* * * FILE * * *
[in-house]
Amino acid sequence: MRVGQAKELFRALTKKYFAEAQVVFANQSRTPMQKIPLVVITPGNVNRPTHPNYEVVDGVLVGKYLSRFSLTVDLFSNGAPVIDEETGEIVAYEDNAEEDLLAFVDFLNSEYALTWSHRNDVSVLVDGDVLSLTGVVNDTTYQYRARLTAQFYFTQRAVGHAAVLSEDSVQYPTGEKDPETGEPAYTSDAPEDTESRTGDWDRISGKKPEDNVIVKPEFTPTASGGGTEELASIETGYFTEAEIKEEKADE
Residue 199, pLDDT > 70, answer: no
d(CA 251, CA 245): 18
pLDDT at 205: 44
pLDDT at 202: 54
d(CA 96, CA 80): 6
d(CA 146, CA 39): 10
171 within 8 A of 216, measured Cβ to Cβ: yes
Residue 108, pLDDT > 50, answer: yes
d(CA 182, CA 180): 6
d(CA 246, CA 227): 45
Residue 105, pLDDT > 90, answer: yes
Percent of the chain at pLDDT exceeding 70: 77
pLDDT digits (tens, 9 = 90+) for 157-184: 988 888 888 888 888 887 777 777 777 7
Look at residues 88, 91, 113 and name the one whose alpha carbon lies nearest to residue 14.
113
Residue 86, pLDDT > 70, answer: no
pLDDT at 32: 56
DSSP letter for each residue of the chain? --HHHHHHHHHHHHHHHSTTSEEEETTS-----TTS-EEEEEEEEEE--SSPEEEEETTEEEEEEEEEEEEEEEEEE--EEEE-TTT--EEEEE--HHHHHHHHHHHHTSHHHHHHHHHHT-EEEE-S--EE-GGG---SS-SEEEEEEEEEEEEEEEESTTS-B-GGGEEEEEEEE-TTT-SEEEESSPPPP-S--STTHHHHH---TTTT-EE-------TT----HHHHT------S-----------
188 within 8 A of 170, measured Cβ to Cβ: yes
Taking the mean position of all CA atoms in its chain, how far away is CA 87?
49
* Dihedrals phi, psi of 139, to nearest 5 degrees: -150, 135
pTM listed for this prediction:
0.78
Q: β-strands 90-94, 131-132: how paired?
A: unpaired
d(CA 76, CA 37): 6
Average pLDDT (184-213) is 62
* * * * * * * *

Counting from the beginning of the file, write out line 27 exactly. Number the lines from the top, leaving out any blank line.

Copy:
Q: β-strands 90-94, 131-132: how paired?